A NASA camera's captured sand dunes of dots and dashes on Mars
Scientists don't know how the Morse code-like dunes formed
Yes, astronomers have discovered dark sand dunes on Mars that resemble Morse code. But no, they don’t think little green men are trying to tell us something.
The images of the dark dunes were snapped in February by a high-resolution camera on NASA’s Mars Reconnaissance Orbiter.
So just what are they? A report from the red planet, or just a weird little topographical anomaly? Definitely the latter, NASA explains.
The dunes have formed in a depressed area that’s probably an old asteroid impact crater. The circular depression has had a weird effect on both the amount of sand available to form dunes and the way the winds carve up the dunes, NASA said. So instead of the long, flowing lines of dunes we’re used to seeing on our planet, the winds on this part of Mars swirled in such a way to create distinct dots and dashes of dunes.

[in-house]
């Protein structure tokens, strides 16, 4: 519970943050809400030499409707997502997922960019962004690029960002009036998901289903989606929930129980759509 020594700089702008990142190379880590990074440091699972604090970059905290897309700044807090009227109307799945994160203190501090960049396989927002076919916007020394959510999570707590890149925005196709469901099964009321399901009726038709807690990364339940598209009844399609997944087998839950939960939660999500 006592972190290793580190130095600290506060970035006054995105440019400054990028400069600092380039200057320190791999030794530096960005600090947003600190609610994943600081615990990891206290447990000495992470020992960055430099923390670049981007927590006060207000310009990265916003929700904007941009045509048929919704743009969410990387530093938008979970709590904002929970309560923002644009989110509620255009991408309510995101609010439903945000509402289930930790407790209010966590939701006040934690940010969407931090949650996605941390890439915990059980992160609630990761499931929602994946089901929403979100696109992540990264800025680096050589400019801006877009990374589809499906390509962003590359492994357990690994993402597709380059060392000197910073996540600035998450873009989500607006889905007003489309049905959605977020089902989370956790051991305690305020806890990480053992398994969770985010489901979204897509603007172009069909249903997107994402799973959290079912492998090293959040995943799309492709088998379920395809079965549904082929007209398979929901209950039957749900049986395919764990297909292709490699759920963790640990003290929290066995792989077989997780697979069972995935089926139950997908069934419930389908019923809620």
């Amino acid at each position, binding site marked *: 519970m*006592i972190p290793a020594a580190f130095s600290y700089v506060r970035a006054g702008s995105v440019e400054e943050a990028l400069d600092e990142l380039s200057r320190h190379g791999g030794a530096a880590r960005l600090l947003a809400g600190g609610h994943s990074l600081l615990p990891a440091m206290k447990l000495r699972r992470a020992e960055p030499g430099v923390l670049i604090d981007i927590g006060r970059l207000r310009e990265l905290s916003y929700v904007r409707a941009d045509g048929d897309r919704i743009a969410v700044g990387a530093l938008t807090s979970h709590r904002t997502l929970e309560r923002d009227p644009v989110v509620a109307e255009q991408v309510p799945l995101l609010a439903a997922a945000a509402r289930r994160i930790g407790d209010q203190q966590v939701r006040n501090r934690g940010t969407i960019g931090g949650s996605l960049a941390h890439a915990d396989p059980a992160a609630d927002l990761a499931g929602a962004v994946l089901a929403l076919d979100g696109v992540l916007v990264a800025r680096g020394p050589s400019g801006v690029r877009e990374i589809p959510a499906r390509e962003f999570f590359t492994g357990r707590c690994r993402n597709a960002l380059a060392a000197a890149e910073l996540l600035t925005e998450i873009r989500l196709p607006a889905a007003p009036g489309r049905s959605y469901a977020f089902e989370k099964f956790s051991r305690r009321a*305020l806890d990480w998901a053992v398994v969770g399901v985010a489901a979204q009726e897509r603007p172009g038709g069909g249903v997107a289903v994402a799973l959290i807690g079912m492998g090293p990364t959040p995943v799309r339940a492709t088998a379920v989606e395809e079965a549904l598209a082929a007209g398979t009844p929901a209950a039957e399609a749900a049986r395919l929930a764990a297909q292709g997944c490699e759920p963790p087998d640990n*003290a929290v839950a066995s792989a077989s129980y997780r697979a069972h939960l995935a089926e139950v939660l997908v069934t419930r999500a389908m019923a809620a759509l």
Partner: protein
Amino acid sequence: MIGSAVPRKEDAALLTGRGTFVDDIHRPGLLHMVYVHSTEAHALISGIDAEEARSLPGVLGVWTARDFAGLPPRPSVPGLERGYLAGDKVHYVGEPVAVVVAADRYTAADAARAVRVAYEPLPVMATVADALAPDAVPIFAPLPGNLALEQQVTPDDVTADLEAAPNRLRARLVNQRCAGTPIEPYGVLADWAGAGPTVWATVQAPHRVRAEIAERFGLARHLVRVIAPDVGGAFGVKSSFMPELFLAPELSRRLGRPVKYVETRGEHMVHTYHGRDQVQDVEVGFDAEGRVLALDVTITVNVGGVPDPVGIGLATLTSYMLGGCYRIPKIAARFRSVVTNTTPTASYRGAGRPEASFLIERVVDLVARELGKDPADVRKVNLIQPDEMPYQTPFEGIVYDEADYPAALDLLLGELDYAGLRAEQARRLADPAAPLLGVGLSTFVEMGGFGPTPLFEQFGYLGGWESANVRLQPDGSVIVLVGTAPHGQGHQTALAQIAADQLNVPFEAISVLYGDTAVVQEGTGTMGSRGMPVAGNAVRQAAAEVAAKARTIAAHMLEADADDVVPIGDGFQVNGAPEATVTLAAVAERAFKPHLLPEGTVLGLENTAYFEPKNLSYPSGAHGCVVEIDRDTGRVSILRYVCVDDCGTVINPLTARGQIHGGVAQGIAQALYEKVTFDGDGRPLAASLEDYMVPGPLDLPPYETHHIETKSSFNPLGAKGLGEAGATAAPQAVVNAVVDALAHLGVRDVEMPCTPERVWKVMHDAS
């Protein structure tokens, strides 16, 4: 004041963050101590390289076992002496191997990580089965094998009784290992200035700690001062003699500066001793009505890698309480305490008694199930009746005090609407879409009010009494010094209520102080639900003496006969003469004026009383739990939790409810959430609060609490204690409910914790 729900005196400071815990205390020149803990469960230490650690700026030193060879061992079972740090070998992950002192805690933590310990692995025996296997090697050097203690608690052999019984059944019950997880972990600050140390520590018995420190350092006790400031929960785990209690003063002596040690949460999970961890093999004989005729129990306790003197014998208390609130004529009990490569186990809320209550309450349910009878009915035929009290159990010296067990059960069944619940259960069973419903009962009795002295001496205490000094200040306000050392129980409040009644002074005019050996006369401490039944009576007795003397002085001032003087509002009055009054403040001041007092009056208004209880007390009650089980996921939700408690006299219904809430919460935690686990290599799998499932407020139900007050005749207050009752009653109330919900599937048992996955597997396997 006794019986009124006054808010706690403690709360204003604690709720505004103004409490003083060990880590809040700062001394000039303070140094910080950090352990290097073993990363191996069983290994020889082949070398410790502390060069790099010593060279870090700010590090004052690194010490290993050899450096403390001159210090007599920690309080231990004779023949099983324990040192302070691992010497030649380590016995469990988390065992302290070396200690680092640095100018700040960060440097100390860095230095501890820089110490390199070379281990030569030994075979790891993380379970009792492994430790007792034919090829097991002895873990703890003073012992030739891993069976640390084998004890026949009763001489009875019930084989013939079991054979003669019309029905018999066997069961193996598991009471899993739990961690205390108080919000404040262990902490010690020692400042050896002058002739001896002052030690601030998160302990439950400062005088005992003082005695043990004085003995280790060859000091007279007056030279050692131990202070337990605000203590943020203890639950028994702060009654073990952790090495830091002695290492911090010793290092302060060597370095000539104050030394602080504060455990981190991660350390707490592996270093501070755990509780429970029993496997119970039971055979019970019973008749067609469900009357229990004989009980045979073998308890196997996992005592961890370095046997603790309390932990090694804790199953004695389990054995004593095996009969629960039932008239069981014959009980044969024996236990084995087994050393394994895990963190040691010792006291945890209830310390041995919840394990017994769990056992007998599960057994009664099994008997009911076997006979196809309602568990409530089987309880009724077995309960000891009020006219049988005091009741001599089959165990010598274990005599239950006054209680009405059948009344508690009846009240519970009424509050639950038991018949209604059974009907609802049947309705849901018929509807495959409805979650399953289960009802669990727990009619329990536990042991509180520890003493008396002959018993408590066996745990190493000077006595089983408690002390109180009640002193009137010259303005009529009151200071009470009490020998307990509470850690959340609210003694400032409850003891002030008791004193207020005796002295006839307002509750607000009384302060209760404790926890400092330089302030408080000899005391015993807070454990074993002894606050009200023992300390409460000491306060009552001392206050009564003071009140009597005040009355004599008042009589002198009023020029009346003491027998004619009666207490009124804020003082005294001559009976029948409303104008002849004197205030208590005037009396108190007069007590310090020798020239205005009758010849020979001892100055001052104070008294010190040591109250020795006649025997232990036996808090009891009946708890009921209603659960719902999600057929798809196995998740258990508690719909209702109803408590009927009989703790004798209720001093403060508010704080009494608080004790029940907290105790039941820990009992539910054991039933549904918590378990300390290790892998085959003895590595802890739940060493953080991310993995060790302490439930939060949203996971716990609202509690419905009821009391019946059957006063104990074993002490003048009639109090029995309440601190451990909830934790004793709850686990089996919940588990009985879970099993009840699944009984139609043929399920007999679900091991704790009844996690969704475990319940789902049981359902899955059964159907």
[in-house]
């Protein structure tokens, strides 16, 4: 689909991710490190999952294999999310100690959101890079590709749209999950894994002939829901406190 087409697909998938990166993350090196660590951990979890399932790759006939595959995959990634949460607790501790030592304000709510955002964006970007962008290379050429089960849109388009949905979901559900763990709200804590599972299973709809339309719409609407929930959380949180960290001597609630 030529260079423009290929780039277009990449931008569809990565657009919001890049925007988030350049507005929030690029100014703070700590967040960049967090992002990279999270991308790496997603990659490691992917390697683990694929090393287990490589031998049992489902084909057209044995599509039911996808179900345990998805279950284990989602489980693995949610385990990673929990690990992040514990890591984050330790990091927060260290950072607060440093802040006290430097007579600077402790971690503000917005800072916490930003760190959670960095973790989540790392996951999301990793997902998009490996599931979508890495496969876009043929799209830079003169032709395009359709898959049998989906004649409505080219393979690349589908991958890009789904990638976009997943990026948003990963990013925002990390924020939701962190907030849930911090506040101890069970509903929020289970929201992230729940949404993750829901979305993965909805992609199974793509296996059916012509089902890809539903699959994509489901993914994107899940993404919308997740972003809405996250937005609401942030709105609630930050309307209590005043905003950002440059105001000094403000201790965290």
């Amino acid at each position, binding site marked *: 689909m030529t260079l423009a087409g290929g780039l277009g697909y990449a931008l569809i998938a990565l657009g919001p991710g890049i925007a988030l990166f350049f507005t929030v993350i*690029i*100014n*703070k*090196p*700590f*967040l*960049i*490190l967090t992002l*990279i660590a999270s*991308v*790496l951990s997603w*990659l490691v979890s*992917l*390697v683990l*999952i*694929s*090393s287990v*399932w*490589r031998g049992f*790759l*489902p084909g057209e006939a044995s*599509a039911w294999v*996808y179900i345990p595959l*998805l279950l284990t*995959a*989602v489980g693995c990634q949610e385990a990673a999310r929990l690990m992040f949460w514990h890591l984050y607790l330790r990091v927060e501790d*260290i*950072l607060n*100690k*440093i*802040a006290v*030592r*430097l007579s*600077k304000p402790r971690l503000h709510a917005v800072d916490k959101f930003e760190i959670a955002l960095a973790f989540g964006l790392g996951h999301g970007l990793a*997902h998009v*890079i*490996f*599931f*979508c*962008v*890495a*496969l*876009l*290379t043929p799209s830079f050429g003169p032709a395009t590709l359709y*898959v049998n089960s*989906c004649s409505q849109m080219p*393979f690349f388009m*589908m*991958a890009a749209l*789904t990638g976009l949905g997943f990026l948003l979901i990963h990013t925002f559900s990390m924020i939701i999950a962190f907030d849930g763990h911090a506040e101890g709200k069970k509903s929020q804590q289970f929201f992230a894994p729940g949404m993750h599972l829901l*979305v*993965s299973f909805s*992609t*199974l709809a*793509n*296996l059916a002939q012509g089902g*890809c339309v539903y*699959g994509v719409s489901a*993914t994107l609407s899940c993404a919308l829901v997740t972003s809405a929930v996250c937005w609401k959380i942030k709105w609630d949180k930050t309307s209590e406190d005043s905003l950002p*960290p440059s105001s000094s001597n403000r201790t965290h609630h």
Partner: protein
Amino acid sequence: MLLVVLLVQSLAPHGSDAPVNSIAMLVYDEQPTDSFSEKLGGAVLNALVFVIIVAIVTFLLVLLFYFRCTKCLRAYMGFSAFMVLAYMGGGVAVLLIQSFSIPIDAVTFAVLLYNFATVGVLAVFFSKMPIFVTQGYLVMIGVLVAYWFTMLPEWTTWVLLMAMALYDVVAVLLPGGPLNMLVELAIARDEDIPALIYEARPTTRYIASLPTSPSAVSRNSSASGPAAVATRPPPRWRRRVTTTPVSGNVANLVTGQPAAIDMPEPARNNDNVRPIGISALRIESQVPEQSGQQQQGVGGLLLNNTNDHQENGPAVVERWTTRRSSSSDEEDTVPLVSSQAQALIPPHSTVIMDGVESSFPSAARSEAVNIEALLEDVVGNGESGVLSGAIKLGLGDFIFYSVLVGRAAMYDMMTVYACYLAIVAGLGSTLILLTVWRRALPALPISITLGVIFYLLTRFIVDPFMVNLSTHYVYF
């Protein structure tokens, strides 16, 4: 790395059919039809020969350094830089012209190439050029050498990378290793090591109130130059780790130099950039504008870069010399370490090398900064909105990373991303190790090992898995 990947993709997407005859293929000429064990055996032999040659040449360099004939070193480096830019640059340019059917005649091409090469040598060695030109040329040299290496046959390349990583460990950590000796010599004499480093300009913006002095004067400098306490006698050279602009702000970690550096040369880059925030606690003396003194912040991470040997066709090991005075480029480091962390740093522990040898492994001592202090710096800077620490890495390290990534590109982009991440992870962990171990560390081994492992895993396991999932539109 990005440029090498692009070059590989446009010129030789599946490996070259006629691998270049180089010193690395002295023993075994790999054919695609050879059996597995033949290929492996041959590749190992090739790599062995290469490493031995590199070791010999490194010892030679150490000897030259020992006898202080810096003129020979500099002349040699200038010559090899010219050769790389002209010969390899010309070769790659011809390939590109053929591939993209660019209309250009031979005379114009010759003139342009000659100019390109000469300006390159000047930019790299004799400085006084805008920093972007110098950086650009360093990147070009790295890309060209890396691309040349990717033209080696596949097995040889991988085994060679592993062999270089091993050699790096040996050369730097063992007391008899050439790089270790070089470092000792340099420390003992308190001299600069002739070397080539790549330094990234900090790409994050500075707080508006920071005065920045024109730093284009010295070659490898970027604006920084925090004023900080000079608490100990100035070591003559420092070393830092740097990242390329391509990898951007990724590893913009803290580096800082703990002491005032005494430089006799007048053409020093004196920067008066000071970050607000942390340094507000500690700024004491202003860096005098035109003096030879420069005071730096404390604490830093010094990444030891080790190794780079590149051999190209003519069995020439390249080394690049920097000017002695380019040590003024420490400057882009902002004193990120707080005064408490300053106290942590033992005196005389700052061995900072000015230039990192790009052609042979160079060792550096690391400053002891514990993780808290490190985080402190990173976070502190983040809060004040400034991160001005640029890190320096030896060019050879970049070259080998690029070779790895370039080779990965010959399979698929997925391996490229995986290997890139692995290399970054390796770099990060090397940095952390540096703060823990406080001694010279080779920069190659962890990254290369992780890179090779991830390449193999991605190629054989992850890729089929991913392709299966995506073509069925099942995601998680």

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Why does this happen there? Scientists don’t know.
“This process is not well understood at present and is one motivation (to study) this area,” NASA said in a press release.
So, if you were to convert the dune’s dots and dashes to the written word, just what does it say? Planetary scientist Veronica Bray translated it for Gizmodo.com:
NEE NED ZB 6TNN DEIBEDH SIEFI EBEEE SSIEI ESEE SEEE !!
Well, if the Martians are trying to speak to us, they really need to work on their sentence structure.